Michael Appleton did not feel that his Charlton Athletic side suffered from complacency in yesterday’s 2-2 draw against Cambridge United.
The Addicks led 2-0 going into the final minutes of normal time after second-half goals from Alfie May and Chem Campbell.
But The U’s hit back through Gassan Ahadme, who headed home unmarked from a corner and then converted a penalty in stoppage time.
“I don’t think it was complacency – probably just a little bit of fear and anxiety,” said head coach Appleton. “They can’t afford to be complacent – because we haven’t done anything.
“It’s not as if we’re on the back of a couple of promotions on a 10-game unbeaten run. I don’t think it is complacency. Seeing a game out is easier said than done. I’ve been there and done it as a player. You need the right players and right now we have got a group that are probably going to struggle to do that on a consistent basis.
“They will do it in the odd game but will struggle to do it on a consistent basis. I’m not speaking out of turn and saying anything that you lot don’t all think. There are a lot of players missing out of that group today that would have had an influence right from the start. But, as it is, I’ve got to give all those players in the dressing room credit for coming out in the second half the way they did.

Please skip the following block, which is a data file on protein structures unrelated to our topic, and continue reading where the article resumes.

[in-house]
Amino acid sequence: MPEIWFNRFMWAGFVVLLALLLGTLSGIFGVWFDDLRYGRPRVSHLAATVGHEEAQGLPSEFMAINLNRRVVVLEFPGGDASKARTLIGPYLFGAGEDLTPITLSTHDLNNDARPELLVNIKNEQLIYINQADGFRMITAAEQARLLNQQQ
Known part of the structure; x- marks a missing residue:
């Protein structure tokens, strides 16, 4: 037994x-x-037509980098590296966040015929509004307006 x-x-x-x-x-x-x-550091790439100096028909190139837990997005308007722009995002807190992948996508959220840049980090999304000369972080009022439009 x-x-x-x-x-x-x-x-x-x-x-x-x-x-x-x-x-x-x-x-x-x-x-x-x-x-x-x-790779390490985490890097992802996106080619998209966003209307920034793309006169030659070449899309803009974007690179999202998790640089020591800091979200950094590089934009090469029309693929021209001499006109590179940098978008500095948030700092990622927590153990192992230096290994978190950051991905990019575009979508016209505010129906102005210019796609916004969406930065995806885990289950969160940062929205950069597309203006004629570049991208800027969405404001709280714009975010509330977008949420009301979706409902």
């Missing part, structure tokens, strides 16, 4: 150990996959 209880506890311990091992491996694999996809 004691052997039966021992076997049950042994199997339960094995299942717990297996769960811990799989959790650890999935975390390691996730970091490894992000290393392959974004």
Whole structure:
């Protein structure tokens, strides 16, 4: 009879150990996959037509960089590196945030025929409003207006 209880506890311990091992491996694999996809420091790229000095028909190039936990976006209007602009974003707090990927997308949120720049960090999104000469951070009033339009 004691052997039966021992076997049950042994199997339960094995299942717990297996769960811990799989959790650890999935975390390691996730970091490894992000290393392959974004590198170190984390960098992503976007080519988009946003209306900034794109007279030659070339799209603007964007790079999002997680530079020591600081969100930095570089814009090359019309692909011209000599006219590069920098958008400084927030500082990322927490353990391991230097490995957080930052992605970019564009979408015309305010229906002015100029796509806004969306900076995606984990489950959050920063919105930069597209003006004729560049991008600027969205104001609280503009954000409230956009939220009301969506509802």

“Hopefully next time when we are in a position where we are 2-0 up with 10 minutes to go we make a little better decisions when it is a free-kick or corner – you slow it down, get more men around the ball and all those type of things.”
Appleton was asked what he asked from his players at half-time when the match was scoreless and lacking in incident.
He said: “Just be a little bit braver. I was a little bit concerned by the lack of personality within the group.
“We almost accepted the fact they were going to be aggressive and physical. I felt like we were waiting to go a goal down.
“I was probably a little bit irritated at half-time and I wanted us to try and be a little bit more aggressive. If we try and be more aggressive and lose out – lose duels – because we’re not as physical or as strong then fine. But you have got to make contact with people – it doesn’t matter if you are five foot nothing or six foot four. When you have got a player in front of you and you’re going in for a header or a tackle then you have got to make contact.
“It’s a contact sport. I know the rule-makers and rule-changers are trying to change that – to turn it into a non-contact sport – but as it is now it is still a contact sport.”
PICTURE: PAUL EDWARDS
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